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Artificial intelligence

The UK wants to build a cancer-diagnosing AI to save lives

In her latest effort to make the UK a global leader in AI, British prime minister Theresa May announced plans today to spend millions on developing algorithms that can spot cancer.

The details: May wants to open up the medical data gathered by country’s National Health Service to companies and nonprofit groups interested in working with the government to build AI that can recognize signs of cancer. Along with collecting information about patients’ lifestyles, the goal is to create tools that general practitioners can use to refer patients to specialists.

Goals: The plan is for AI to diagnose 50,000 people at early stages of prostate, ovarian, lung, or bowel cancer a year by 2033. The UK government estimates that early diagnosis of these cancers could prevent as many as 22,000 deaths a year.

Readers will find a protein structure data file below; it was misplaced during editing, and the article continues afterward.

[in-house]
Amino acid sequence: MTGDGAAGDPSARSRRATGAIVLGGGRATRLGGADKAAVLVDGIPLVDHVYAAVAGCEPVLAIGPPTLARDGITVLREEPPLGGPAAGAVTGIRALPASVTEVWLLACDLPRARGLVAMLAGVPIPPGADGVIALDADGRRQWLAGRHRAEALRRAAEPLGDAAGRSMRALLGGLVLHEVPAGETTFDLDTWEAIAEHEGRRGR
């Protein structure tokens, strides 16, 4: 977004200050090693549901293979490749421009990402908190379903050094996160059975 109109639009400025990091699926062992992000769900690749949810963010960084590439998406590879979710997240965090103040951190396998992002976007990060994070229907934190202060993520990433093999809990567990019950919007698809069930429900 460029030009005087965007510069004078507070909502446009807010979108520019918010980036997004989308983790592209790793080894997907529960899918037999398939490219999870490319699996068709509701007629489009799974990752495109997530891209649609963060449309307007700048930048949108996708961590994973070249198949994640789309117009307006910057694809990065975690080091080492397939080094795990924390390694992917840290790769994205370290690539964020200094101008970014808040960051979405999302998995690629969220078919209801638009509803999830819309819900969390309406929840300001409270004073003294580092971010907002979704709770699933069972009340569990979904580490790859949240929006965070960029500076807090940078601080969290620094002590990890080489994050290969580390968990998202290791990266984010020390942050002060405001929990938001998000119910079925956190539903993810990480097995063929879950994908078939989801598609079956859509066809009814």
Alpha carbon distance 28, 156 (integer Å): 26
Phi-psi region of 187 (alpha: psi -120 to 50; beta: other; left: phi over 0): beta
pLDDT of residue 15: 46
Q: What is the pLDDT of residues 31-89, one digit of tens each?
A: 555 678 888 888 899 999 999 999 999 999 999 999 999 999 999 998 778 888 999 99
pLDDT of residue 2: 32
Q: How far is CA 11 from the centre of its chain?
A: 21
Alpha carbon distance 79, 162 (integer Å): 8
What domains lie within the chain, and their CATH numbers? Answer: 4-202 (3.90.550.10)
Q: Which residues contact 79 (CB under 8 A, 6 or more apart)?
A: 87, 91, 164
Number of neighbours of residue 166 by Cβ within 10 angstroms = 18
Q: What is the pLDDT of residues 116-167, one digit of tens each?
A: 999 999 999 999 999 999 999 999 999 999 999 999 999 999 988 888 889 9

But: The proposal raises questions about what the government will do to ensure privacy and ethical use of the data. May could help assuage critics by following through with her plan for a council on data ethics.

Deep Dive

Artificial intelligence

A Roomba recorded a woman on the toilet. How did screenshots end up on Facebook?

Robot vacuum companies say your images are safe, but a sprawling global supply chain for data from our devices creates risk.

The viral AI avatar app Lensa undressed me—without my consent

My avatars were cartoonishly pornified, while my male colleagues got to be astronauts, explorers, and inventors.

Roomba testers feel misled after intimate images ended up on Facebook

An MIT Technology Review investigation recently revealed how images of a minor and a tester on the toilet ended up on social media. iRobot said it had consent to collect this kind of data from inside homes—but participants say otherwise.

How to spot AI-generated text

The internet is increasingly awash with text written by AI software. We need new tools to detect it.

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Illustration by Rose Wong

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